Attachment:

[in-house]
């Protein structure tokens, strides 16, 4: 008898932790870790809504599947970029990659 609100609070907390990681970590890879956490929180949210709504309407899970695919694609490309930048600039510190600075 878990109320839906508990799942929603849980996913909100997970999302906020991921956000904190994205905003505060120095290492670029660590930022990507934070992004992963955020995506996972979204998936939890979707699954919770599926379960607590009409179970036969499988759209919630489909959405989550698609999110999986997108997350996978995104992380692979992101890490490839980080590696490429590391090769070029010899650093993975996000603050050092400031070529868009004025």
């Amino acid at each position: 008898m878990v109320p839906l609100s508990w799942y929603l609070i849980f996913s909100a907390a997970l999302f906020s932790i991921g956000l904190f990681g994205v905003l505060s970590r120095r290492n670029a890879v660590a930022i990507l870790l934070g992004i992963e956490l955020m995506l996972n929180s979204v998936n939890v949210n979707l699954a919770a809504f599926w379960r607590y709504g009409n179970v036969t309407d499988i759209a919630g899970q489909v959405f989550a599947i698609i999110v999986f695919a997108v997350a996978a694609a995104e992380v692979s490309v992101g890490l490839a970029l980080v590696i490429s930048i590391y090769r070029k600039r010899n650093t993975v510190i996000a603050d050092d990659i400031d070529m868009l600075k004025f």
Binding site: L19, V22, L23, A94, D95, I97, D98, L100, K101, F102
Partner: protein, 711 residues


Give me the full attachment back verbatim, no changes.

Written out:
[in-house]
């Protein structure tokens, strides 16, 4: 008898932790870790809504599947970029990659 609100609070907390990681970590890879956490929180949210709504309407899970695919694609490309930048600039510190600075 878990109320839906508990799942929603849980996913909100997970999302906020991921956000904190994205905003505060120095290492670029660590930022990507934070992004992963955020995506996972979204998936939890979707699954919770599926379960607590009409179970036969499988759209919630489909959405989550698609999110999986997108997350996978995104992380692979992101890490490839980080590696490429590391090769070029010899650093993975996000603050050092400031070529868009004025």
């Amino acid at each position: 008898m878990v109320p839906l609100s508990w799942y929603l609070i849980f996913s909100a907390a997970l999302f906020s932790i991921g956000l904190f990681g994205v905003l505060s970590r120095r290492n670029a890879v660590a930022i990507l870790l934070g992004i992963e956490l955020m995506l996972n929180s979204v998936n939890v949210n979707l699954a919770a809504f599926w379960r607590y709504g009409n179970v036969t309407d499988i759209a919630g899970q489909v959405f989550a599947i698609i999110v999986f695919a997108v997350a996978a694609a995104e992380v692979s490309v992101g890490l490839a970029l980080v590696i490429s930048i590391y090769r070029k600039r010899n650093t993975v510190i996000a603050d050092d990659i400031d070529m868009l600075k004025f």
Binding site: L19, V22, L23, A94, D95, I97, D98, L100, K101, F102
Partner: protein, 711 residues